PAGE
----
Torrens Title System
Matter of Interest
The Hon. J.A. DARLEY ( 15:53 :43 ): I rise today to speak about the Torrens title system. The Torrens title system is a register of landholdings kept and maintained by the government. Having a central register enables the state to guarantee an indivisible title to the landowners and, with some qualification, land boundaries. Land ownership is transferred through registration of title instead of using the former English common law system of deeds. Its main purpose is to simplify land transactions and to certify ownership of the title.
The Torrens title system was the creation of Sir Robert Richard Torrens in South Australia in 1857. The operation of the system is outlined in the Real Property Act, which also created the position of registrar-general, who is responsible for the administration of the act and the Lands Titles Office.
It has become a time-honoured institution created in South Australia and is now world-renowned. It has been adopted by many countries, including New Zealand, much of Europe, Canada, the Dominican Republic, Ireland, Israel, Malaysia, the Philippines, Singapore, Thailand and Vanuatu. Of course, it has been adopted by all Australian states. Several states of the USA have had a limited implementation. Cook County, Illinois, which takes in the greater part of Chicago, had a Torrens system from as early as 1897. The Chicago fire of 1871 destroyed all Cook County real estate records, and to overcome the consequential problems, the Illinois legislature established the first Torrens title act in the United States.
In instances overseas where the government gives no guarantee, the landowner is usually required to have private insurance as a safeguard. Without the government guarantee, the basic principle of the Torrens system is lost. Unfortunately, under pressure from continuous lobbying by the powerful land title insurance companies, the Illinois legislature repealed their act in 1992, bringing back the need for landowners to privately insure their properties. A similar fate was also seen in other states.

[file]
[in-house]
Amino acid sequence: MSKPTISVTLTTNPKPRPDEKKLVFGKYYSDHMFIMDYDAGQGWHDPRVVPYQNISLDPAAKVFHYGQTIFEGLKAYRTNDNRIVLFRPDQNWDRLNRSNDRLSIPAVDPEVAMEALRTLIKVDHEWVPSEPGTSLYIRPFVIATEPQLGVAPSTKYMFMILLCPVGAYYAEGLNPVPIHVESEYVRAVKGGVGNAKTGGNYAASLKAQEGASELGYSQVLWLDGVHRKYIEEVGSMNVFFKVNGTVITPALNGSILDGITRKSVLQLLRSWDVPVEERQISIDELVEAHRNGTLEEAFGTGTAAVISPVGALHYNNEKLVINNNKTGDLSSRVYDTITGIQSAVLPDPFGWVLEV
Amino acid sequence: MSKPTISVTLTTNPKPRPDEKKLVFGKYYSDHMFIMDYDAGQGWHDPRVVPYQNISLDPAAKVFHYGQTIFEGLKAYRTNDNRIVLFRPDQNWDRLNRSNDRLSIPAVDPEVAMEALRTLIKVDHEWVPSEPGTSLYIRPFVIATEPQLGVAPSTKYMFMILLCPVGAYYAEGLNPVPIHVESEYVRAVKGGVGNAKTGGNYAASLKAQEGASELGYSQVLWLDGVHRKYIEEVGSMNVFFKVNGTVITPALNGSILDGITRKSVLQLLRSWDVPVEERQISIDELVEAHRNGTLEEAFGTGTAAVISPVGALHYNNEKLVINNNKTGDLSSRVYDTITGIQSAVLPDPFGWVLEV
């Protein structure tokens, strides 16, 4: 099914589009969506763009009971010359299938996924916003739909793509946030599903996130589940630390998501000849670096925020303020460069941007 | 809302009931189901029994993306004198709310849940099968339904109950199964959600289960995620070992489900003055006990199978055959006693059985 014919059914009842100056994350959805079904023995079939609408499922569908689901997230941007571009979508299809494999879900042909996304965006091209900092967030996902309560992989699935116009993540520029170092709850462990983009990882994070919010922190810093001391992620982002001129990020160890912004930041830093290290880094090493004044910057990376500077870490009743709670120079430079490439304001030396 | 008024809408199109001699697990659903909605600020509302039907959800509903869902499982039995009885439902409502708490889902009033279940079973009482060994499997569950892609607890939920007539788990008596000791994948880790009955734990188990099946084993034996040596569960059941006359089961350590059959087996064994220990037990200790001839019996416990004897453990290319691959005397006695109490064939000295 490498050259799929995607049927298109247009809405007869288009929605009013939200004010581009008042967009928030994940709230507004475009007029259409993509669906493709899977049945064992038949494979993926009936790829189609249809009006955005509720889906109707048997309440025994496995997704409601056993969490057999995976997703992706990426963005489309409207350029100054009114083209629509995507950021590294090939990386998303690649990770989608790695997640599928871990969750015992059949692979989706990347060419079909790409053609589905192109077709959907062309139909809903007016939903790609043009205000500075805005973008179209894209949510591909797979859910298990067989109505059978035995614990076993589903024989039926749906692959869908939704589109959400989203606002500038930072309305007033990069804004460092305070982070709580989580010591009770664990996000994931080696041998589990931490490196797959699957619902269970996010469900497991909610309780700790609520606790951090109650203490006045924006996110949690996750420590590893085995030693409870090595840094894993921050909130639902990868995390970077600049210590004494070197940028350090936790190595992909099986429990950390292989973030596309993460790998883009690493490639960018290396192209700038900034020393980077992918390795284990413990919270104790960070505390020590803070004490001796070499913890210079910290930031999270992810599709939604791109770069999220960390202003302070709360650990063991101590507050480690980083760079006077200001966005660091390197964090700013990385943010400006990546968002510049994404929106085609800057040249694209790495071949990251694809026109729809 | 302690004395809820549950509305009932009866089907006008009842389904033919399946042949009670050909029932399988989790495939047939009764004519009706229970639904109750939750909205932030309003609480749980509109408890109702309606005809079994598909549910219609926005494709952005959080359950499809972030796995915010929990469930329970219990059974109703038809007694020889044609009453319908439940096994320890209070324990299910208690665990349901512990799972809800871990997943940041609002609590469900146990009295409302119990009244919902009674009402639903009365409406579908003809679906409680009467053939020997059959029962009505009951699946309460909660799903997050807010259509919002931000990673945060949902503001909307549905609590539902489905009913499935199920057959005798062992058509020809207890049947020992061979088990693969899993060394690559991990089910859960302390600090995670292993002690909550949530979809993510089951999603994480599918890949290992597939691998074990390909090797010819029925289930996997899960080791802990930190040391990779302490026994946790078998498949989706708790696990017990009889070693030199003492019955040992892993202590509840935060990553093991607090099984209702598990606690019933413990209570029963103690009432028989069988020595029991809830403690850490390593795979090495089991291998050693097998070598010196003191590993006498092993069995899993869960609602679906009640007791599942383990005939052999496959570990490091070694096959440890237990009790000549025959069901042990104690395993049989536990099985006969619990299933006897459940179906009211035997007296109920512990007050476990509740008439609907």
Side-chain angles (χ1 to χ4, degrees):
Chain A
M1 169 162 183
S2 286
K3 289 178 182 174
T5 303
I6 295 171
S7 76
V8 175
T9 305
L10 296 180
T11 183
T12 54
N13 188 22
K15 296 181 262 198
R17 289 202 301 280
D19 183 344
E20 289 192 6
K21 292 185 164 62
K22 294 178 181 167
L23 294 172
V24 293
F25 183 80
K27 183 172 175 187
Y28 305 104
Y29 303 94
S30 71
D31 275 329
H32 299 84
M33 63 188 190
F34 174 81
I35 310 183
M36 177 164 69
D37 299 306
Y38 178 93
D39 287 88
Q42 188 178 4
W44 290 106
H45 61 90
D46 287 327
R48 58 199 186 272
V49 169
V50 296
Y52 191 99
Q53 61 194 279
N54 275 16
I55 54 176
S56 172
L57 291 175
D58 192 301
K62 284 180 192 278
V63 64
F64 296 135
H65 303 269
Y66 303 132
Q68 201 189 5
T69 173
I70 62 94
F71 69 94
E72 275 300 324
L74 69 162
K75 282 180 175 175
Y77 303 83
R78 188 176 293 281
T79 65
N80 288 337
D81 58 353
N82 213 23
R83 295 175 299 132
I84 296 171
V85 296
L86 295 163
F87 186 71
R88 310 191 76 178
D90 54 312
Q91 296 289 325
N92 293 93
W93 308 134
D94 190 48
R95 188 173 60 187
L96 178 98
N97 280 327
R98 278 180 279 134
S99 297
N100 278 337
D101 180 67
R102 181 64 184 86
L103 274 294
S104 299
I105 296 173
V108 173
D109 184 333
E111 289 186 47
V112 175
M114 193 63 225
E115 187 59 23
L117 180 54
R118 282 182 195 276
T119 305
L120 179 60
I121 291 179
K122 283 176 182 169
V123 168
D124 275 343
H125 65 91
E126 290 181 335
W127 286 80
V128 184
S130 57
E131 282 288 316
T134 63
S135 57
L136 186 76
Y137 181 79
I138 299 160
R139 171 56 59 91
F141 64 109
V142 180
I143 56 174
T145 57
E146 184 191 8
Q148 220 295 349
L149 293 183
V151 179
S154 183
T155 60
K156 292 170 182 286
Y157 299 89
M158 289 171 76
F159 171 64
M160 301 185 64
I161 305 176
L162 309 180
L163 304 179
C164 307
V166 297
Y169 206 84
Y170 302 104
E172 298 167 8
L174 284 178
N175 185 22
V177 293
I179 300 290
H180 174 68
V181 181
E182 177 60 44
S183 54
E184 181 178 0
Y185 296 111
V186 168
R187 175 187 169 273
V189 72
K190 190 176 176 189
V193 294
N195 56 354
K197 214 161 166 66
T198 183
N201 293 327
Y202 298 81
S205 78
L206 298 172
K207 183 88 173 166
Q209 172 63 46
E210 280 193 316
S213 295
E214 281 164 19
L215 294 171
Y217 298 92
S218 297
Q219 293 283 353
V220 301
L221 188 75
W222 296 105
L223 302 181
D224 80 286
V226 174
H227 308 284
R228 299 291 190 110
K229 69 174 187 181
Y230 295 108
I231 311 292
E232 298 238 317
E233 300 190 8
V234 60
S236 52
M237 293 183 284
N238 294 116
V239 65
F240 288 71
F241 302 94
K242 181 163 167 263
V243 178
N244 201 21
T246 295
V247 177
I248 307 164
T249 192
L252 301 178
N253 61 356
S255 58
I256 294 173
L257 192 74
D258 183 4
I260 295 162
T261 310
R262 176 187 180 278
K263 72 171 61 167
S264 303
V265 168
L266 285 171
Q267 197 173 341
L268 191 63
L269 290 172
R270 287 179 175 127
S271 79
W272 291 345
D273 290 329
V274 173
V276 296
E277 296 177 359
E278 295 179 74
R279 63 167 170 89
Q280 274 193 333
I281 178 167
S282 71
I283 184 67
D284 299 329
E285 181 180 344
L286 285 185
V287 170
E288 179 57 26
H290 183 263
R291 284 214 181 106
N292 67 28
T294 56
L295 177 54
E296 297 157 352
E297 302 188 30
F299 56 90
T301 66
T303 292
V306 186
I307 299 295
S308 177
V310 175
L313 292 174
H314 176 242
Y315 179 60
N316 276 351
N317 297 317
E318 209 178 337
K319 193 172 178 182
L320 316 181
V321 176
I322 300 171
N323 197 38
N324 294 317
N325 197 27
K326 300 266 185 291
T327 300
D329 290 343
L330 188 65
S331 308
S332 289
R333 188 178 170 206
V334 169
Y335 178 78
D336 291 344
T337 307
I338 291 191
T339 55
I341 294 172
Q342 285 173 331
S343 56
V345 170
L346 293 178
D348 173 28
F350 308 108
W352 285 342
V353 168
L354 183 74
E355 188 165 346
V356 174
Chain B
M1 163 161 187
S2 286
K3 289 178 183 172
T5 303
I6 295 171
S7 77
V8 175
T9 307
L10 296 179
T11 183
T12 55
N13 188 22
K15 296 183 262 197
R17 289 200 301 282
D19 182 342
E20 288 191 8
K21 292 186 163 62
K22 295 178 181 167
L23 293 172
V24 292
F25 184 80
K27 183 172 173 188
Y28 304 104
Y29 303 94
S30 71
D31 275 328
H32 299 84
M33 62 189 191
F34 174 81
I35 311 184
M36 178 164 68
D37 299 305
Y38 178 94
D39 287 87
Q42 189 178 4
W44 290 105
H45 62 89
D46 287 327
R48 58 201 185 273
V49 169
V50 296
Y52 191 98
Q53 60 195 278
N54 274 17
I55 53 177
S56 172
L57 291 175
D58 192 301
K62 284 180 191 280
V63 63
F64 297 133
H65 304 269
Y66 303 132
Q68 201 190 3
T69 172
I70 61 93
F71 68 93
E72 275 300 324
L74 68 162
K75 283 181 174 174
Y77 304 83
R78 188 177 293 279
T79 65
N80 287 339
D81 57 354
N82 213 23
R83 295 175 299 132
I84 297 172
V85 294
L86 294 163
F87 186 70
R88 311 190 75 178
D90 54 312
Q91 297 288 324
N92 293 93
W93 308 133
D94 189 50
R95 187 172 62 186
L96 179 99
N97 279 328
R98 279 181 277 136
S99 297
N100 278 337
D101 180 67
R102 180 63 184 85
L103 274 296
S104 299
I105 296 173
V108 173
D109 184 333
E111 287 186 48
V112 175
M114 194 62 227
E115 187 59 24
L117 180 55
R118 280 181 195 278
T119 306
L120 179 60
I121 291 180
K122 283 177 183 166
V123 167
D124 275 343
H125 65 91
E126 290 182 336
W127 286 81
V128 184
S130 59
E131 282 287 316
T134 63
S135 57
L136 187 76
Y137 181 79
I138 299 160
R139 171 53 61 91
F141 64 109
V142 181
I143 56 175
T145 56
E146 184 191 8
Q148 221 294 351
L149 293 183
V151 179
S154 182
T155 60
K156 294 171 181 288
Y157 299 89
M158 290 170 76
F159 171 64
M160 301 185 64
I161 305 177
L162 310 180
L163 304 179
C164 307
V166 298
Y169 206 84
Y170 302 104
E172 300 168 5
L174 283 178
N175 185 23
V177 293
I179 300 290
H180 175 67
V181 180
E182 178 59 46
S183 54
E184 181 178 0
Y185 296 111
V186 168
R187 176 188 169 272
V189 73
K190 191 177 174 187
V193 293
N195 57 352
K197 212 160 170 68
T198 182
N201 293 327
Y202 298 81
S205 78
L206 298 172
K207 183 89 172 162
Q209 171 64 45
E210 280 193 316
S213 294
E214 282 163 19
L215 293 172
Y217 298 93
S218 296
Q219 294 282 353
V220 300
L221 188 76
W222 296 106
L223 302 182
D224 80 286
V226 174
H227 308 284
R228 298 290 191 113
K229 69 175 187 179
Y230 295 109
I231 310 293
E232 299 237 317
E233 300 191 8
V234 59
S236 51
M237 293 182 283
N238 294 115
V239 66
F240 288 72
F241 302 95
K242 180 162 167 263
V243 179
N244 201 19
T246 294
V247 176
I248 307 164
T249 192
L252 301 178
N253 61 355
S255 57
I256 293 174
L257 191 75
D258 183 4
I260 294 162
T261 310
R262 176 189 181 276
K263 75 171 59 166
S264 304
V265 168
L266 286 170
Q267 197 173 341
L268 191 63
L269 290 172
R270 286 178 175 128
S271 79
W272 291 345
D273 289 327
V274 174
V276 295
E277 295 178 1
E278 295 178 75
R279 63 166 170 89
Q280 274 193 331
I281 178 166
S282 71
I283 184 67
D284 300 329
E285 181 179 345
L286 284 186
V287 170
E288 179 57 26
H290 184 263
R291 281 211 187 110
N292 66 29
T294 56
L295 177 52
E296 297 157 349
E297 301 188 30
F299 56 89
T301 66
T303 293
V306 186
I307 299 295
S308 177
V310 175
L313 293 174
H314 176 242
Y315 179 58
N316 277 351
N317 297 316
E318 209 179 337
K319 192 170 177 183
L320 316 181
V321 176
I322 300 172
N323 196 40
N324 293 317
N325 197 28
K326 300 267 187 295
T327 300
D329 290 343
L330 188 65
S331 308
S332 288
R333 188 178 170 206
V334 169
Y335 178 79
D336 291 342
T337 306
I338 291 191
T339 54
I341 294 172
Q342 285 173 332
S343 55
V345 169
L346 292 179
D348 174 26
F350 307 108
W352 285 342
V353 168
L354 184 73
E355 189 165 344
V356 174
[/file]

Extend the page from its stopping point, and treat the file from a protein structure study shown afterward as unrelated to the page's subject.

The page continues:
Any privatisation of our system may require a need for owners of land to privately insure their interest, which would be an abomination of the Torrens system. Under the Torrens title system, the state guarantees absolute ownership of the estate in the land, and included rights of compensation where land is lost due to fraud, which eliminates the need for private insurance. The act also provides for a duplicate certificate of title to be issued to the landowner or mortgagee of the estate. The need to produce this certificate with a transaction prevents fraud and helps secure the integrity of the register. Any changes to the requirement for a duplicate certificate of title should be thoroughly examined to ensure that there will be no unintended consequences.
The principle of indefeasibility of title provides ultimate security and peace of mind to landowners. It supports all real estate related industries, including financial institutions. It sets confidence and security of knowledge of all registered estates and interests in land. It establishes a foundation for lending institutions to determine the lowest possible interest rates for mortgages and other changes on land. It is indeed a cornerstone of our society.